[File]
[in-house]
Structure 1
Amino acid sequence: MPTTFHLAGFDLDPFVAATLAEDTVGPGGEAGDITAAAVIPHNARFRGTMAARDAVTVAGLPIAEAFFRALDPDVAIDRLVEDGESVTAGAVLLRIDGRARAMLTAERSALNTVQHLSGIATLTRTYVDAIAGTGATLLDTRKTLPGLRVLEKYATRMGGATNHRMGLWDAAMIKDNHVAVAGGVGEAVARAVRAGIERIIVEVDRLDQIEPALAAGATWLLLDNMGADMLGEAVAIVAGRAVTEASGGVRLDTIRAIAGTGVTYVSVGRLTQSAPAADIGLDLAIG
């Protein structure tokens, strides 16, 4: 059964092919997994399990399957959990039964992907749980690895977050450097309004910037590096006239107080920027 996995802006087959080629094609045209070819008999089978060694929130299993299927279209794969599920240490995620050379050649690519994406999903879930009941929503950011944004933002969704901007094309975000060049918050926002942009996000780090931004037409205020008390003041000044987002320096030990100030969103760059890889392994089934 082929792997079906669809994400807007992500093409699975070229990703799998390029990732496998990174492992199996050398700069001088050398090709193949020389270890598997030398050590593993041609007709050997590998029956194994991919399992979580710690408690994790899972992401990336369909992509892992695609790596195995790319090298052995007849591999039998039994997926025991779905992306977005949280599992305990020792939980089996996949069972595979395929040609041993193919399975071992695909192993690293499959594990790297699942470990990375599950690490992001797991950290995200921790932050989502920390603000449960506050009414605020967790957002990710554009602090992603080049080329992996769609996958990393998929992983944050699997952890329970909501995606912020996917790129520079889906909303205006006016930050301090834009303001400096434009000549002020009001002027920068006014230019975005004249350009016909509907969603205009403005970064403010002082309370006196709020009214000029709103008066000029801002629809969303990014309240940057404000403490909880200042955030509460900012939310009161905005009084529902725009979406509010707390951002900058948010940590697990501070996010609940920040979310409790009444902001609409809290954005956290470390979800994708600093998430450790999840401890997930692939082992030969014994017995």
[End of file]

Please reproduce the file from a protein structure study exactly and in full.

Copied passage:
[in-house]
Structure 1
Amino acid sequence: MPTTFHLAGFDLDPFVAATLAEDTVGPGGEAGDITAAAVIPHNARFRGTMAARDAVTVAGLPIAEAFFRALDPDVAIDRLVEDGESVTAGAVLLRIDGRARAMLTAERSALNTVQHLSGIATLTRTYVDAIAGTGATLLDTRKTLPGLRVLEKYATRMGGATNHRMGLWDAAMIKDNHVAVAGGVGEAVARAVRAGIERIIVEVDRLDQIEPALAAGATWLLLDNMGADMLGEAVAIVAGRAVTEASGGVRLDTIRAIAGTGVTYVSVGRLTQSAPAADIGLDLAIG
């Protein structure tokens, strides 16, 4: 059964092919997994399990399957959990039964992907749980690895977050450097309004910037590096006239107080920027 996995802006087959080629094609045209070819008999089978060694929130299993299927279209794969599920240490995620050379050649690519994406999903879930009941929503950011944004933002969704901007094309975000060049918050926002942009996000780090931004037409205020008390003041000044987002320096030990100030969103760059890889392994089934 082929792997079906669809994400807007992500093409699975070229990703799998390029990732496998990174492992199996050398700069001088050398090709193949020389270890598997030398050590593993041609007709050997590998029956194994991919399992979580710690408690994790899972992401990336369909992509892992695609790596195995790319090298052995007849591999039998039994997926025991779905992306977005949280599992305990020792939980089996996949069972595979395929040609041993193919399975071992695909192993690293499959594990790297699942470990990375599950690490992001797991950290995200921790932050989502920390603000449960506050009414605020967790957002990710554009602090992603080049080329992996769609996958990393998929992983944050699997952890329970909501995606912020996917790129520079889906909303205006006016930050301090834009303001400096434009000549002020009001002027920068006014230019975005004249350009016909509907969603205009403005970064403010002082309370006196709020009214000029709103008066000029801002629809969303990014309240940057404000403490909880200042955030509460900012939310009161905005009084529902725009979406509010707390951002900058948010940590697990501070996010609940920040979310409790009444902001609409809290954005956290470390979800994708600093998430450790999840401890997930692939082992030969014994017995």